I'm struggling to wrap my mind around the concept of SUID bits and why they're would be useful.

For example, let's say I have a program:

-rwsr-xr-x 1 root root 12364 Jan 12 2013 /usr/bin/foo

My understanding is that the s in the execut bit for the user owner essentially means that the file can be executed by other users with the authority of the file owner.

Why would I want something like this? Why not just change the group for the file so that it works for a group that all the users belong to?

4 Answers 4


Setuid and setgid (and setcap where it exists) are the only ways to elevate privileges. Other than through this mechanism, a process can relinquish privileges, but never gain them. Therefore you would not be able to do anything that requires additional privileges.

For example, the programs su and sudo need to be able to run commands as any user. Therefore they need to run as root, no matter which user called them.

Another example is ping. TCP and UDP sockets are accessible to any user, because these protocols have a notion of ports, and a process can take control of a port (which is called binding it), so the kernel knows where to send the packets. ICMP has no such notion, so only programs running as root (or with the appropriate capability) are allowed to request that ICMP packets are dispatched to them. In order for any user to be able to run ping, the ping program needs to have an additional privilege, so it's setuid root (or setcap).

For an example of group privileges, consider a game that stores local high scores in a file. Since only actual high scores achieved by users should be stored in the score file, the score file must not be writable by players. Only the game program must be allowed to write to the score file. So the game program is made setgid games, and the score file is writable by the group games but not by players.

There is an alternative approach to elevating permissions, which is to start programs that require additional privileges from a privileged launcher program. When a user wants to perform a task that requires additional privileges, he runs a front-end program which uses some form of inter-process communication to perform the privileged action. This works well for some use cases such as ping (one ping program to parse options and report progress, and a ping-backend service that sends and receives packets), but not for other use cases such as the game high score file.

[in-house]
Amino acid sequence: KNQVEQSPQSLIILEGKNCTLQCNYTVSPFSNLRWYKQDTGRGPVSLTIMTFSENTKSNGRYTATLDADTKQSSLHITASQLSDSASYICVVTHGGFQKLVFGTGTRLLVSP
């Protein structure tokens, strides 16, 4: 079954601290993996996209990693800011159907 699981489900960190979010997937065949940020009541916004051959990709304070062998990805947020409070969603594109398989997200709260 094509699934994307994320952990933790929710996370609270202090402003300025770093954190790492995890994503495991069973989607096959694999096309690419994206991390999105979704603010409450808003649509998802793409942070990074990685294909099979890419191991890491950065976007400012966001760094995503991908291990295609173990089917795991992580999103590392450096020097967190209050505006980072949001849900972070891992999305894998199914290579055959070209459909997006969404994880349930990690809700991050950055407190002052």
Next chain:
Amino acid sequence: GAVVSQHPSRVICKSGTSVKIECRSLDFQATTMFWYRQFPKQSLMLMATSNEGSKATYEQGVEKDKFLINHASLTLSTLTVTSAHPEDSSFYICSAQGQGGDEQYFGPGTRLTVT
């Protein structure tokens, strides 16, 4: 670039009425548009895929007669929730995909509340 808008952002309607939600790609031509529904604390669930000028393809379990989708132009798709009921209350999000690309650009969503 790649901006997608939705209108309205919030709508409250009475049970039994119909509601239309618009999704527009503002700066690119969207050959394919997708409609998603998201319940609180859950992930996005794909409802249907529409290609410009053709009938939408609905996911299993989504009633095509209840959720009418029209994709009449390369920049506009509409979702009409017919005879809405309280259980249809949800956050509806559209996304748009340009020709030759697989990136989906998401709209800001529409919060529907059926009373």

The most common reason is so an executable can be run as root. For example:

find /bin/ -type f \( -perm -4000 -o -perm -2000 \) -ls  | awk '{print $3,$NF}'
-rwsr-xr-x /bin/su
-rwsr-xr-x /bin/mount
-rwsr-xr-- /bin/fusermount
-rwsr-xr-x /bin/ping6
-rwsr-xr-x /bin/ping
-rwsr-xr-x /bin/umount

These are all commands that can be run by regular users but need elevated privileges. mount is a perfect example, you can mount any disk that has the user or similar option set in /etc/fstab but mounting needs root privileges so the SUID bit is set.


The suid (or sgid) bit causes an executable to run as a different user/group than the user invoking it.

If the only reason it's doing that is to access a particular file, yes, you could use other mechanisms to make that file writable. However, then the user could do anything to the file—as opposed to only things your program allows.

You could, for example, have your program only allow appending a line to a file, and only in a certain format. But if you just used filesystem permissions, the user could delete lines from the file as well. Or put in badly formatted lines.

Basically, a suid program can enforce arbitrary policy. Filesystem permissions can not. As an example, your system has a suid program /bin/su. It gives you a root shell (for example), but only if you satisfy a policy first—typically, enter the root password. There is no way to do that with permissions alone.


For me the simplest example is the passwd-command. This command lets any user change its own password without the need of root privileges. Yet the file in which all passwords are stored is only writable by root.

passwd & shadow

We could just set the rights on shadow to 666 so anyone can alter the content, but that would be a terrible security flaw. Hence the need for the SUID. This makes it possible to give elevated privileges to any user in a controlled manner because they can only alter the Shadow-file through the passwd-script. The script itself makes sure the user cannot change someone else's password.

Ofcourse passwd has to be write-protected. If not the user could alter this file and use it to execute scripts under root privileges.

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